Hardware Review: Thrustmaster T Flight Hotas X
DISCLAIMER: This controller is compatible with both the PS3 and PC, however, this review is based on usage on a PC.

I’ve been a gamer for practically all my life and if there’s one genre that I’ve always loved, it’s definitely simulators — flight simulators to be exact. I’ve always been fascinated by the concept behind airplanes, so much so that I’m aspiring to be a pilot later in life. But for now, I’m more than satisfied with reclining in the couch and putting in a few hours of flight-simming each week. There are many gamers out there who are flight-sim enthusiasts just like me, and ask any of us — joysticks are life.

The level of control that a joystick (or even more so, a flight yolk) offers is unprecedented. While regular gamepads work great for racers, and the keyboard-mouse combo are snappy for FPSs, there’s nothing like having a great joystick to control your virtual steel bird. There are myriads of joysticks out there, all different sizes and brands. Today, let’s take a look at one that even though it has a bit of age on it, it gets the job done.


This particular type of joystick is a step-up from the usual offerings, better classified as an entry-level controller to the advanced league. So what makes it so great? Let’s find out!

At first glance, the TFHX can excite some. Thrustmaster is known for making professional-looking products, however, the TFHX was given a slightly more ‘arcadey’ look. It’s edgy. To be more specific, it looks like the perfect fit for a commercial for an arcade combat-flight simulator. It has an edgy, slightly exaggerated look. While it does look noticeably different from Thrustmaster’s other products, that isn’t really a minus. Seeing that is an entry-level joystick, this design choice makes sense. And because it’s an entry-level joystick, the build quality also matches its class.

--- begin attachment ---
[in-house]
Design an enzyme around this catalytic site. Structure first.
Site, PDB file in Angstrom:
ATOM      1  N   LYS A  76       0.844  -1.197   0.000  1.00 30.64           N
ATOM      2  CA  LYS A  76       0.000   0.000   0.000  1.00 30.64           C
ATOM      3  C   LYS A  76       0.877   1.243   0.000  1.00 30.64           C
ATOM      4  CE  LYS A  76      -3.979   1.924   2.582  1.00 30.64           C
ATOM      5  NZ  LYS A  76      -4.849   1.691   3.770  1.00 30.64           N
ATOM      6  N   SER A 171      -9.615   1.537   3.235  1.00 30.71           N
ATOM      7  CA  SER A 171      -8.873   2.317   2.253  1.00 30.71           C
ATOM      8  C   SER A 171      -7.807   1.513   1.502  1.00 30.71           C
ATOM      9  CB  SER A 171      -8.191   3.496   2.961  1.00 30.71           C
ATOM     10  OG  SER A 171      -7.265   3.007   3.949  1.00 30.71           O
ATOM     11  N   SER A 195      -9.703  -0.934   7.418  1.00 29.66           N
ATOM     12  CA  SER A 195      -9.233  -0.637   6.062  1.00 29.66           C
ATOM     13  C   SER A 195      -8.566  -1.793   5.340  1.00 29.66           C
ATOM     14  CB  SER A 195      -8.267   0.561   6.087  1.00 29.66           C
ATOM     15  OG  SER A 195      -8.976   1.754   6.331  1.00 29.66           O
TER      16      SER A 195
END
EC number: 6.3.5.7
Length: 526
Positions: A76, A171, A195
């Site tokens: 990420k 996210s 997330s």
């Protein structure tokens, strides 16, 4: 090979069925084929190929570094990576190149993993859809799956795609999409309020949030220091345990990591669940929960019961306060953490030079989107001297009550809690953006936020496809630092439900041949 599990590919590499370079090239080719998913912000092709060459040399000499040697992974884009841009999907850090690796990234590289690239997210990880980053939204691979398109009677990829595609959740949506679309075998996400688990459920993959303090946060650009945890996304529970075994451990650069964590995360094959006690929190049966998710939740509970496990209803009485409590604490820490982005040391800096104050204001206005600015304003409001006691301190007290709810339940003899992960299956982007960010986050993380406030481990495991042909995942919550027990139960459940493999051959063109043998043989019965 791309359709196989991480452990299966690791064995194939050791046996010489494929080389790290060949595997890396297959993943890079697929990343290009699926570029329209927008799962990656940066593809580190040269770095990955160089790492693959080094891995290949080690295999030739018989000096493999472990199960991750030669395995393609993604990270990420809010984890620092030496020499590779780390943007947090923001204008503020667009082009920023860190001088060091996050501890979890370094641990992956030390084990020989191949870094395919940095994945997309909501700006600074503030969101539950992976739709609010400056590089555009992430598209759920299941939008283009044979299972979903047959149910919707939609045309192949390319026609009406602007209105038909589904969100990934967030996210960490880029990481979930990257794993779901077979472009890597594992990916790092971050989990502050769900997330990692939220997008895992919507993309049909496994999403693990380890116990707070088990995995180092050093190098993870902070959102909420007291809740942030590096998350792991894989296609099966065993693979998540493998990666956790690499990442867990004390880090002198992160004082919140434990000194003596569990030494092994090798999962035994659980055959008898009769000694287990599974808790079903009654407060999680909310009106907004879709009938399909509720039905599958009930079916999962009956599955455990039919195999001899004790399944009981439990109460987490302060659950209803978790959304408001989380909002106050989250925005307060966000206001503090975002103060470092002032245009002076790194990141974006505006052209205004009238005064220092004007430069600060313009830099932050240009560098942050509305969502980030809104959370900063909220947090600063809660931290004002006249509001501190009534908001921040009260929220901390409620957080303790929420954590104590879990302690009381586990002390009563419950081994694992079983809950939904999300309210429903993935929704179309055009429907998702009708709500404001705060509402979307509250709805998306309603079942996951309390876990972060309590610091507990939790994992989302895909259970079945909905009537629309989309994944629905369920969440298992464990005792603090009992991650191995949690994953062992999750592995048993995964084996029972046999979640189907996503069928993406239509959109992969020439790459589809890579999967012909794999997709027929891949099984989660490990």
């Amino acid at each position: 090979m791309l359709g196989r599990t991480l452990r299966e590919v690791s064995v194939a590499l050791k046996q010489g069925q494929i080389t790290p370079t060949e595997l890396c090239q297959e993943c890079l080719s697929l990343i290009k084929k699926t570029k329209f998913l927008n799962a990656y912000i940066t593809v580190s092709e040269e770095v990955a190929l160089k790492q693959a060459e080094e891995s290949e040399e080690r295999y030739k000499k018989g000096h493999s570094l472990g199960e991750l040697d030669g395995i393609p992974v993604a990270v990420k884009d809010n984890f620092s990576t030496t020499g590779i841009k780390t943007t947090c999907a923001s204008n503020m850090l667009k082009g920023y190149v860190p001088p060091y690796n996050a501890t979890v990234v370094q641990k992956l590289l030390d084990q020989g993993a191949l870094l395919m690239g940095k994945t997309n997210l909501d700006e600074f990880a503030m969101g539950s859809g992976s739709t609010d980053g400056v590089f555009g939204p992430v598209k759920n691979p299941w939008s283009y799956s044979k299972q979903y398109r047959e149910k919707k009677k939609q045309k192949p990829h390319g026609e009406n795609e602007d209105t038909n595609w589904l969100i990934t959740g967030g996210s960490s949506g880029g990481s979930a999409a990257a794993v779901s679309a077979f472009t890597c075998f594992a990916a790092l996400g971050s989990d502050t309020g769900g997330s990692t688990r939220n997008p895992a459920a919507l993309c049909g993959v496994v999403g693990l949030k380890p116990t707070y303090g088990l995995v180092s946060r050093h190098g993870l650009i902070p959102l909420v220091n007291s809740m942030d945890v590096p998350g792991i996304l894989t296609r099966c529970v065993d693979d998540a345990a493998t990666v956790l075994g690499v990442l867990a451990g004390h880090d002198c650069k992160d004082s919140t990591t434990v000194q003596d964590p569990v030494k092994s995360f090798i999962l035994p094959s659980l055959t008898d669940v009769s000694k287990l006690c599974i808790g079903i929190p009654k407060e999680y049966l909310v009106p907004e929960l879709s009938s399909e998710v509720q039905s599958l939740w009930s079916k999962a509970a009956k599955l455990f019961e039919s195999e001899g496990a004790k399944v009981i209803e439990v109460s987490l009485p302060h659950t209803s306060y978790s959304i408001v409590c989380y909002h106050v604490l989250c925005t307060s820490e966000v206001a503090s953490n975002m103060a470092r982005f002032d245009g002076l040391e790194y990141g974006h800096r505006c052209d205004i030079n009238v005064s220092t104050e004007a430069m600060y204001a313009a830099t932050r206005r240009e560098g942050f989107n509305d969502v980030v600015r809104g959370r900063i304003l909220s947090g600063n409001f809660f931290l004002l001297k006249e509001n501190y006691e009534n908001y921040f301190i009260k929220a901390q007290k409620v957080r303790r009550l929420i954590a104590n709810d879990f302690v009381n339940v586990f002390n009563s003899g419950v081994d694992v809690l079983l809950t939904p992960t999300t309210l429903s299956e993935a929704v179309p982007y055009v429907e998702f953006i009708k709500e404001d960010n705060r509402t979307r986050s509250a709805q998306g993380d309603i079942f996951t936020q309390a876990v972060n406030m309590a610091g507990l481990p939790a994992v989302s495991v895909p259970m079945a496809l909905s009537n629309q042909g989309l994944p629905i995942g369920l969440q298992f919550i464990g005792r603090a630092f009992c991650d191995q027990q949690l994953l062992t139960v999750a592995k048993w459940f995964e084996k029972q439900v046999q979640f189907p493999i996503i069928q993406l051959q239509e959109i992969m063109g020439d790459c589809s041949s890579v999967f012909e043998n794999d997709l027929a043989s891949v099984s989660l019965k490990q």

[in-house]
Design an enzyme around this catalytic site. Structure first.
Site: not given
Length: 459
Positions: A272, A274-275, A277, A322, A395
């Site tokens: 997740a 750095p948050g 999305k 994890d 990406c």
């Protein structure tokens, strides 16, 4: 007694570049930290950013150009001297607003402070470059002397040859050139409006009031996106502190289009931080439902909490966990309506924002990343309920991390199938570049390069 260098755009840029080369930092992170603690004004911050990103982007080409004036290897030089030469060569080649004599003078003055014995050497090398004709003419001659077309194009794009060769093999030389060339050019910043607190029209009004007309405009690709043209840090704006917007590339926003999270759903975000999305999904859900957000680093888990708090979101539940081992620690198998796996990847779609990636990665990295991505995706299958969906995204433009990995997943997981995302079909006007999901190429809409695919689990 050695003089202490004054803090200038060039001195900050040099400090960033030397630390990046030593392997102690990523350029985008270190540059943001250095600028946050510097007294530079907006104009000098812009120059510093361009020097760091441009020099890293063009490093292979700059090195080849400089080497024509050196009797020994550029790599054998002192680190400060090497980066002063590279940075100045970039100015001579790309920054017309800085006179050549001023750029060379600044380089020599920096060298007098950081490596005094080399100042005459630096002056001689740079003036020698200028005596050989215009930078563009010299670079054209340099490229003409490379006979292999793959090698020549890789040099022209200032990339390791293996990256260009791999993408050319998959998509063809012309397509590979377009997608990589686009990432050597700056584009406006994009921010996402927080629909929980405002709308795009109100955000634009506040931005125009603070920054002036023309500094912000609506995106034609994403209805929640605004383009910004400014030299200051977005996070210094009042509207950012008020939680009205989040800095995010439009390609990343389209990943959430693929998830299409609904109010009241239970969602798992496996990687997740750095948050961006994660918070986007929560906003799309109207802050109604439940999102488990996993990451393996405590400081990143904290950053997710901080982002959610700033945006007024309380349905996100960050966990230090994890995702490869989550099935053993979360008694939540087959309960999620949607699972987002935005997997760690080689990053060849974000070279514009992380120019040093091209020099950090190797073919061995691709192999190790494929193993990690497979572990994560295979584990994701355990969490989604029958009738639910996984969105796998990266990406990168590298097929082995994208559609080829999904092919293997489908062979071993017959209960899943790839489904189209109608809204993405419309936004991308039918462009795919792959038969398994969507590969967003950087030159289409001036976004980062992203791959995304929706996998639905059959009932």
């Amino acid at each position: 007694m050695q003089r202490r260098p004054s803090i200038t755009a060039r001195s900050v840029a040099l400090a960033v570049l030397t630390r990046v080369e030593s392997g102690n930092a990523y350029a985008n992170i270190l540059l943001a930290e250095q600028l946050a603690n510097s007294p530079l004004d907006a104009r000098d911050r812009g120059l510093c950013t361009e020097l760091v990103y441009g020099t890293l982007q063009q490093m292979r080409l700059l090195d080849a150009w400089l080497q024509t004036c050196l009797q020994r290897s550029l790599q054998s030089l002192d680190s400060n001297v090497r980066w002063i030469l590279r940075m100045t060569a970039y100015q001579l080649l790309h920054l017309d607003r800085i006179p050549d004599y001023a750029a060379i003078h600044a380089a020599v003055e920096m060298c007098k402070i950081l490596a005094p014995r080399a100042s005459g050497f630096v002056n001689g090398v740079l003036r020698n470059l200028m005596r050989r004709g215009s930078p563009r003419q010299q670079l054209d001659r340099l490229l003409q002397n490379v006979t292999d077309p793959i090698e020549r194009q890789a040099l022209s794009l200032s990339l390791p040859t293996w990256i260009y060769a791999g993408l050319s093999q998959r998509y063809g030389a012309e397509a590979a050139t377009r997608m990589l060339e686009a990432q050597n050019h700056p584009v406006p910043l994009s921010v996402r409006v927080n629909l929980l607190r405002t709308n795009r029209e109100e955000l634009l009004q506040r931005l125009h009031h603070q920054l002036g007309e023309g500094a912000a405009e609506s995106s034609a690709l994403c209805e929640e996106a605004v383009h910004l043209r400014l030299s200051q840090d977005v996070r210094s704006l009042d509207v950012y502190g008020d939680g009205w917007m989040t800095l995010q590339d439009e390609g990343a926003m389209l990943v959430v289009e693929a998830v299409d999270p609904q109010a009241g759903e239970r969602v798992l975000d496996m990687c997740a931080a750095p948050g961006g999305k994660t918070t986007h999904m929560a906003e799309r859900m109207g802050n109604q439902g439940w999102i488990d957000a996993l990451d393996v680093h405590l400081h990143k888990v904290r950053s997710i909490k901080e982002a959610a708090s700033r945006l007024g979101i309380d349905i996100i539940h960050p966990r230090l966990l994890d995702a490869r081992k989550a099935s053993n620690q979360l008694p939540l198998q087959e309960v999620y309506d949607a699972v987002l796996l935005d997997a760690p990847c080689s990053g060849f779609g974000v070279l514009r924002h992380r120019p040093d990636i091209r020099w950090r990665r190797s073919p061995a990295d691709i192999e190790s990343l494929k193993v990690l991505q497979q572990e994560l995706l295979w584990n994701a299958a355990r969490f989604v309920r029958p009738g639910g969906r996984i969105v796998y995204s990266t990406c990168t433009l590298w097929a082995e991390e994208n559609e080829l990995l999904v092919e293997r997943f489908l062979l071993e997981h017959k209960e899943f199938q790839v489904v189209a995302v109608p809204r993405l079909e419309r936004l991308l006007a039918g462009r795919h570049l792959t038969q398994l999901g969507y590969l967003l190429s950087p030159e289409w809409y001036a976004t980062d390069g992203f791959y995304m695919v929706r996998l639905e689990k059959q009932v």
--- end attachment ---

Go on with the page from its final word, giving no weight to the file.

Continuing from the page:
The entire joystick is made out of plastic, a common choice of material for the cheaper sticks. However, don’t let that fool you. Thrustmaster is known for quality products after all, and the TFHX doesn’t disappoint. Despite the heavy use of plastic, the stick feels quite sturdy, especially since it has a weighted base, which will keep it in place whether it’s sitting on a desk or your lap. In addition, the main stick is bolted down with a metallic foundation, adding to the overall quality. I found all of the buttons are very ‘clicky’, aside from Button 3, which I found to be strangely hard to press on more than one occasions. On a more positive note, the main stick feels great, as well as the throttle quadrant. We’ll be looking into them a little more in just a minute.

In the end, the TFHX is a pretty well built stick. Thrustmaster has managed to keep the price reasonably low by making it almost entirely out of plastic, but even so, they didn’t cut corners when it came down to the stick’s strength. The weighted base keeps the controller in place, giving it an extra feeling of security. This in addition to the main stick being secured by a metal foundation adds to the overall level of quality that can be expected by Thrustmaster.


What does the abbreviation ‘HOTAS’ stand for, exactly? ‘Hands-On-Throttle-And-Stick’. This is what sets the TFHX apart from the ‘common joystick’. It features a fully functional flight stick, as well as an independent, ergonomic throttle quadrant — just like real life aircrafts. This is what sold me in the first place. All of the joysticks I’ve used prior have featured a simple ‘throttle slider’, which although not bad, doesn’t feel nearly as great as a full-sized throttle piece. What makes it even greater, is the fact that the unit splits into two, over a span of about a full-sized keyboard. That means if you really want to get the ‘as real as it gets’ feeling by having the throttle off the side, you can. However, I always keep the two halves as one, as I find it more comfortable that way.